When the announcement that Marvel would be working with Netflix to release multiple shows initially came out, I knew I was getting exactly what I wanted. Daredevil kicks off the group of Netflix shows that are geared towards a mature audience and bring a darker and grittier side to the MCU. It brings a completely new tone to what they have been doing, and it’s just exciting to see Marvel bring more of the characters we all love to life. Daredevil is the first of four shows that will all come together to form The Defenders, which will include A.K.A. Jessica Jones, Luke Cage and The Iron Fist. The four characters are important characters to the Marvel universe, but Daredevil is easily the best known and the perfect one to kick off Marvel’s five series-plan with Netflix.
The show opens with the critical origin story of Matt Murdock and how he goes blind. I like that the show doesn’t waste too much time on dragging out his childhood background right from the start. Don’t get me wrong, I want the full origin story that includes showing Matt’s childhood, but the show structures itself well by providing viewers with glimpses of important moments from Matt’s past and how they have influenced him to become the person he is in the present. I like that this reflects the style of Arrow, because they know that viewers want the endgame of seeing the hero in his suit fighting bad guys without shying away from important origin.
In the present, Matt is working with good friend and partner Foggy Nelson to start their law careers. They don’t have any clients yet, so their only option is to bribe a cop so that they have an inside connection that informs them when a crime happens, allowing them to be the first public defenders to reach the suspect. Elden Henson is great as Foggy, and I really love him as a supporting character for this show. Daredevil is a lot darker (the setting, the characters, and the action), and while it’s awesome to see blood fly while Matt is beating up thugs, it’s equally as satisfying to watch Foggy be his goofy, light-hearted counterpart.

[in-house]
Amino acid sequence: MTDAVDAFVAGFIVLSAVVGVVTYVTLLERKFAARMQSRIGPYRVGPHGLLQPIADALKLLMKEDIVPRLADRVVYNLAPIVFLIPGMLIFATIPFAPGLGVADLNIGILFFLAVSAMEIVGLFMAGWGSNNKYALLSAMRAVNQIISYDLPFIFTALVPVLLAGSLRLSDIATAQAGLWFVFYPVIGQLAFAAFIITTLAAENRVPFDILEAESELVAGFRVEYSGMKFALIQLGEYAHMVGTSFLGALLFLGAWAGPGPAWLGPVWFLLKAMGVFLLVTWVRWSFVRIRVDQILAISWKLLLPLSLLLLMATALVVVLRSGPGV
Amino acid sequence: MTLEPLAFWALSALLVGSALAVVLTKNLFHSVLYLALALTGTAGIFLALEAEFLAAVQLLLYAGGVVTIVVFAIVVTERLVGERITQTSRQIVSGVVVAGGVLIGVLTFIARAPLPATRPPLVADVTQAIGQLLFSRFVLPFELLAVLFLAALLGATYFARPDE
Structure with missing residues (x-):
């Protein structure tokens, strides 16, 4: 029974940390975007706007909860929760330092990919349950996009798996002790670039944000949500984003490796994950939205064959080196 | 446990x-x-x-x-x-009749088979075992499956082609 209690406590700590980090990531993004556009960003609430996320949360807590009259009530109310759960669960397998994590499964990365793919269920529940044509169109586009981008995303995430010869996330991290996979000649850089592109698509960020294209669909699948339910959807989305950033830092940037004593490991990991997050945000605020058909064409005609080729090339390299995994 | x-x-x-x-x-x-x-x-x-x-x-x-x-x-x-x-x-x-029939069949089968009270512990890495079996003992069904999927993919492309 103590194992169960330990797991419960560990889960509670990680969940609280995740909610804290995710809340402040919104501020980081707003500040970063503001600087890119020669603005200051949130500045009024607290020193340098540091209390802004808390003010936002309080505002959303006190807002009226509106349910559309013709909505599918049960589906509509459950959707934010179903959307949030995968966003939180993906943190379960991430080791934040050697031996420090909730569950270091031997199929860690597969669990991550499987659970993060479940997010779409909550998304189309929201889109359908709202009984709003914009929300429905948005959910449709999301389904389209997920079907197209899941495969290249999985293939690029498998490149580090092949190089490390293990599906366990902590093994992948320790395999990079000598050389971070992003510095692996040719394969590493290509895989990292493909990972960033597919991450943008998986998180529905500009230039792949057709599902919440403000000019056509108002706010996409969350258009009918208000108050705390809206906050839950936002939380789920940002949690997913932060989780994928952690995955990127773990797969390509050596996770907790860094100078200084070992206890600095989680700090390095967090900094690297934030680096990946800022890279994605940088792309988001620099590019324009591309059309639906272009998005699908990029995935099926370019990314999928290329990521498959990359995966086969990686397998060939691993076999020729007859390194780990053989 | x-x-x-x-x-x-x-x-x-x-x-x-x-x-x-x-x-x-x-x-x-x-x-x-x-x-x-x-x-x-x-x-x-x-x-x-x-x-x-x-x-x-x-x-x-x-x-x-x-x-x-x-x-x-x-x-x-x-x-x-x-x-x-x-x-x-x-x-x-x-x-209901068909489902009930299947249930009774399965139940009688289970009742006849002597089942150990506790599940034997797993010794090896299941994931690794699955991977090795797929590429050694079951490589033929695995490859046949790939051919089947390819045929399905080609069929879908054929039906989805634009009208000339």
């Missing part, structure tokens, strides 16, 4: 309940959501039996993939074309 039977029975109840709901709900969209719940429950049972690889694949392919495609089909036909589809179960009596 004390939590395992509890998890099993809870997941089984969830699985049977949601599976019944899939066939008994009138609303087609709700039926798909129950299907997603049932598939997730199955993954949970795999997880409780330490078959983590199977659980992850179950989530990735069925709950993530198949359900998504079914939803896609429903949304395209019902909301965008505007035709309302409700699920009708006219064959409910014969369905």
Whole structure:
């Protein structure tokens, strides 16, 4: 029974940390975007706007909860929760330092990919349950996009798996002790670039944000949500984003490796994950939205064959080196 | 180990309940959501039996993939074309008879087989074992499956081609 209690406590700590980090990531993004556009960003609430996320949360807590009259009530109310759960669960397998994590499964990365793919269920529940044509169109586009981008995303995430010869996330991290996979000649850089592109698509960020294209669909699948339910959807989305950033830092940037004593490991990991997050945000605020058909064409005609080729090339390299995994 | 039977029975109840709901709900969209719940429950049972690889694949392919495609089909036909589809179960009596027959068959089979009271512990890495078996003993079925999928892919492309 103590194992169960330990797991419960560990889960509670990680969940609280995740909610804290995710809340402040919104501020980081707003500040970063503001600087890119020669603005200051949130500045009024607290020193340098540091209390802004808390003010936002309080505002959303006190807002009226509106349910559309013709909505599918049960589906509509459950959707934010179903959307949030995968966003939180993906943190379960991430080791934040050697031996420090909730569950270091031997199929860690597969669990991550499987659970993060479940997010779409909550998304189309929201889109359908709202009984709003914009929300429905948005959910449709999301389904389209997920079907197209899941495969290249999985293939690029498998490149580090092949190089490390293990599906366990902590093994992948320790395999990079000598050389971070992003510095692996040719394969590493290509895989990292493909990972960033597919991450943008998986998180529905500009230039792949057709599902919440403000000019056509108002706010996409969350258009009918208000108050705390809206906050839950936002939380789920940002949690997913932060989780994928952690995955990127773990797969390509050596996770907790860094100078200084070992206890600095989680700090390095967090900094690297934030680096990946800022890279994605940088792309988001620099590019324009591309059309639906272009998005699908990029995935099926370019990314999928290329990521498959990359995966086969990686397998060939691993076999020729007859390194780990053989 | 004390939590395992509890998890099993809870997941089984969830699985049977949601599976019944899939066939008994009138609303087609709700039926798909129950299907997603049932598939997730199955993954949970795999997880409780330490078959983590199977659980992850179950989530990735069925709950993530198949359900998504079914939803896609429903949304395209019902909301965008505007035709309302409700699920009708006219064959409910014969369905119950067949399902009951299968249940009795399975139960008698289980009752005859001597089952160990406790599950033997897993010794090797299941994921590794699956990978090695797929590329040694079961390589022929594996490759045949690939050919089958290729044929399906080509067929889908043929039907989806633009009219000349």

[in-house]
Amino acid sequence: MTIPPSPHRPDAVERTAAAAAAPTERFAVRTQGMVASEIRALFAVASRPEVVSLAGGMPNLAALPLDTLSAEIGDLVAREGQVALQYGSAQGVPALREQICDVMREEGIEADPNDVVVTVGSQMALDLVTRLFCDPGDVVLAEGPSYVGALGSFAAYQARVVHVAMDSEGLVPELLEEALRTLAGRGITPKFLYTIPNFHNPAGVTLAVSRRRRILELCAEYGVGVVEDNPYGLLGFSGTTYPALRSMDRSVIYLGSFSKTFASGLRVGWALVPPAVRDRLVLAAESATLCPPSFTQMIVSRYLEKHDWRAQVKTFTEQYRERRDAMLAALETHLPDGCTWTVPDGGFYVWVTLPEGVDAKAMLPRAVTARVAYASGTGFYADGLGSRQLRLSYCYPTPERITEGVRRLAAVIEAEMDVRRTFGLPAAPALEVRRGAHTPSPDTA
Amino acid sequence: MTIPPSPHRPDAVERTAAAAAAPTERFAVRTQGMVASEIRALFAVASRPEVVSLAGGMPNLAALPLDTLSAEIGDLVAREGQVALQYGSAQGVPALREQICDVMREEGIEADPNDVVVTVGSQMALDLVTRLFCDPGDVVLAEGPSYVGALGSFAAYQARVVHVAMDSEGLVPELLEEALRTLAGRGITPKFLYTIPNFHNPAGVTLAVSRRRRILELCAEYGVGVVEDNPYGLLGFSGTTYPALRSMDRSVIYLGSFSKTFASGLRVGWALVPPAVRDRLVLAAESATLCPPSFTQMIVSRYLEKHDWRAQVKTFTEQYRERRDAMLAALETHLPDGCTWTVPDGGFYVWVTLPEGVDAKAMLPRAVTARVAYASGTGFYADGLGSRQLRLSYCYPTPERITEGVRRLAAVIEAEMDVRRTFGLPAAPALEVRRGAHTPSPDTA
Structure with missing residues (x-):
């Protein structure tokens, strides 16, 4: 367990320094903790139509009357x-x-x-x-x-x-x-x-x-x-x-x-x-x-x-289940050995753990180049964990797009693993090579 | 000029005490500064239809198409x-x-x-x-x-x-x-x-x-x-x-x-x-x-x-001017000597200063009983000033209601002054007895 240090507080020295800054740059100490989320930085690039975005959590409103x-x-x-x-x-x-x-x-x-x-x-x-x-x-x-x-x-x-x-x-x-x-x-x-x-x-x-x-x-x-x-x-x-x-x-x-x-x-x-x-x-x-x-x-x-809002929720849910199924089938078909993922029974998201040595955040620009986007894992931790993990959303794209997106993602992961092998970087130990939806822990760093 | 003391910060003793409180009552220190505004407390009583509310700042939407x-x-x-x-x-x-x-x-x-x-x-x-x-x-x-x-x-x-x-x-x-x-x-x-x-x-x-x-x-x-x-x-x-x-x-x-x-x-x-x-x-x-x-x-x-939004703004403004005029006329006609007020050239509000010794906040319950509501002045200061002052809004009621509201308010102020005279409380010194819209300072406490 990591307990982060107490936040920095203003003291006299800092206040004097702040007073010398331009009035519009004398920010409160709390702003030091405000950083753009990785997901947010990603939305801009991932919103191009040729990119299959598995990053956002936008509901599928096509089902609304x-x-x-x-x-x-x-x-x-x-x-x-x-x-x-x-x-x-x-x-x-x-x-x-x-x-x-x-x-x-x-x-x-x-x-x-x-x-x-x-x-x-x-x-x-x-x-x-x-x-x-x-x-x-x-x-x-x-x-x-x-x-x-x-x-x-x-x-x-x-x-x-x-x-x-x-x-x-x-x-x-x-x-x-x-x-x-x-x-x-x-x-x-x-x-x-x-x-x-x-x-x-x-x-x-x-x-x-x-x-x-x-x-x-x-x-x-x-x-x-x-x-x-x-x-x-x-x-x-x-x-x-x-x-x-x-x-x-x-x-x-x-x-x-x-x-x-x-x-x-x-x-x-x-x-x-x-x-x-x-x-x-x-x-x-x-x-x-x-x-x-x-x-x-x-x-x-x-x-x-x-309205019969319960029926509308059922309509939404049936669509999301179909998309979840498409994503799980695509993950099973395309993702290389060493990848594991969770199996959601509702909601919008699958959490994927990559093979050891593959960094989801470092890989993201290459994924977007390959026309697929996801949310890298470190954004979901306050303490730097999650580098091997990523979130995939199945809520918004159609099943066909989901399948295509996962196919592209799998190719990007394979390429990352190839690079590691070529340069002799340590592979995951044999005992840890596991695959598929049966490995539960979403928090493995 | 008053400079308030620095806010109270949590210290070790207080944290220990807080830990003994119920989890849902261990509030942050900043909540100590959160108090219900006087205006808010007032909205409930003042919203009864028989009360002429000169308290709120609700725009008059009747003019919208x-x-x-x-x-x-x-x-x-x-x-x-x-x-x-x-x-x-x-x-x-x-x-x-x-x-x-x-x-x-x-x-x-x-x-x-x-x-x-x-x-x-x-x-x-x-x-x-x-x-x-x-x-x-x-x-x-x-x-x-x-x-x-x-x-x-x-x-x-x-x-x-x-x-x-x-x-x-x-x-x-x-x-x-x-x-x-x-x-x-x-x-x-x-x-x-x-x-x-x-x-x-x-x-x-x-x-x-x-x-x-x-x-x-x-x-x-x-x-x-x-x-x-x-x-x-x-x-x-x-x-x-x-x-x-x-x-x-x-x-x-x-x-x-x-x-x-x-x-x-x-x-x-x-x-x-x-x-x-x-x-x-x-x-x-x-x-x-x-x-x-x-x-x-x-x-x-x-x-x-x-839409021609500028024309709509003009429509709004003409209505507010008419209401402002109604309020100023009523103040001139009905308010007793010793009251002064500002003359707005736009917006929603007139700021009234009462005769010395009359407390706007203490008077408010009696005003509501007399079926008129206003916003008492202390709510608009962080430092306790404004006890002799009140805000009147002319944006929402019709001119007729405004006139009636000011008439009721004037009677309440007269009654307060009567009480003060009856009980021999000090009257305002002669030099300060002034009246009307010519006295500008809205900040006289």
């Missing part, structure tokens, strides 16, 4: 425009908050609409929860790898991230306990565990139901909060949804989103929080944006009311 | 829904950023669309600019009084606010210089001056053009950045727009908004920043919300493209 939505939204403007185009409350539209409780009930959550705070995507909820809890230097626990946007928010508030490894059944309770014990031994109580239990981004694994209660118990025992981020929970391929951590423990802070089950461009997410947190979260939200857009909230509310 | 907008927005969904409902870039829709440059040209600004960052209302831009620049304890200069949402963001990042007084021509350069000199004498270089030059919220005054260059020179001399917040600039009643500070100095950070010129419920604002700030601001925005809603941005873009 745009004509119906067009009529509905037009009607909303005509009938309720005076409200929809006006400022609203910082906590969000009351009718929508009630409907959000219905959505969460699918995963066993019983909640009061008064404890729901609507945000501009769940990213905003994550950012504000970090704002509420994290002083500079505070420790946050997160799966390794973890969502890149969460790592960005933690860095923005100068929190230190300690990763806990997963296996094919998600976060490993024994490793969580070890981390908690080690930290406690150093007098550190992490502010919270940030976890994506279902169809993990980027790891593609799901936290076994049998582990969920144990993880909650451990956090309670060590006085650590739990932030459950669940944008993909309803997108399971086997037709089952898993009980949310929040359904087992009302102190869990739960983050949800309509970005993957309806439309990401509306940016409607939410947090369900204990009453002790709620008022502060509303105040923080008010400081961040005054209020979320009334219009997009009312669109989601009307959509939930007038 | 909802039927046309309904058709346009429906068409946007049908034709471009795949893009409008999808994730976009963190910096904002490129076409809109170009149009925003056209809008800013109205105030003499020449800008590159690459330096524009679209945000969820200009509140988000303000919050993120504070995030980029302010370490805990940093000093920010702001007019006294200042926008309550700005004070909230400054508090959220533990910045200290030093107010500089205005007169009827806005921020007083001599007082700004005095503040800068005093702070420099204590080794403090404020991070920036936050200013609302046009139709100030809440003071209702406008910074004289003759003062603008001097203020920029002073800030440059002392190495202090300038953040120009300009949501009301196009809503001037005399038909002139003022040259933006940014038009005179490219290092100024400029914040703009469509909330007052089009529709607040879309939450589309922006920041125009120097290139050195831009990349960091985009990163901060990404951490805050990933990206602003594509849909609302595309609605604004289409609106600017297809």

I love Charlie Cox as Matt Murdock and think he’s a great choice for the role. His look fits the character and his acting is solid, but he definitely lacks a distinct New York accent. There are some points where I can hear his natural British accent; however, it never bothers me too much or to the point where I can’t focus on the show. I have really enjoyed Cox in Boardwalk Empire and The Theory of Everything, so it’s pretty exciting to see him take on such a major role that will get him even greater exposure as an actor.
One thing that the show really nails is how Daredevil fights. While the Ben Affleck Daredevil movie poorly chose to basically give Matt Murdock the ability to see with sonar (don’t worry I won’t reference this movie again, because it was a complete joke), the new show takes a subtler and more realistic approach. During the fight sequences. they seem to amplify important sounds that show Matt’s heightened senses and how he analyzes his surroundings and uses them to his advantage. For the non-fighting scenes, Matt is able to hone in on people’s heartbeats and notice the changes in their voice if they are lying. While this is probably played up, it’s fine because he is turning his disability into a superpower, and that’s what makes Daredevil so great.
Daredevil is extremely darker than anything we’ve seen from Marvel before. While it’s not really a surprise and they’ve talked about how Netflix would really be showing a darker side to things, I’m extremely impressed. This is the underbelly of Marvel that adults deserve, and it brings more of a realness into the MCU, because Iron Man and Captain America can’t patrol every alley in New York.
The first episode of Daredevil was everything that I was hoping for and more. The show delivered on presenting Matt’s backstory in a nice way that will continue to play out as the season continues. We instantly got to see Matt in the costume fighting crime as Daredevil and didn’t have to wait at all. The characters all have great chemistry, and I want to see Karen (True Blood‘s Deborah Ann Woll) more, which should happen each episode. I absolutely loved the closing moments in this first episode. The montage of Matt training in the gym mixed with all of the corruption in Hell’s Kitchen really shows that he is stepping into multiple rings. He’s training, starting his law career, and beginning his task of cleaning up the city as Daredevil. I have high hopes for this show and think it’s really setting the bar high for the rest of the season.
-The connections to the existing MCU, mainly the events from The Avengers, are nicely incorporated. The small mentions about what happened in New York and how they impacted Hell’s Kitchen don’t feel forced but acknowledge what was going on.
– No Kingpin just yet. I’m fine with them teasing him for awhile because he is the head of this crime organization, so it makes sense Matt has to work his way up to the final boss.
– I’m also excited to see the continued growth of Murdock & Nelson and hope that it becomes the top law firm in New York.
[Photo via Netflix]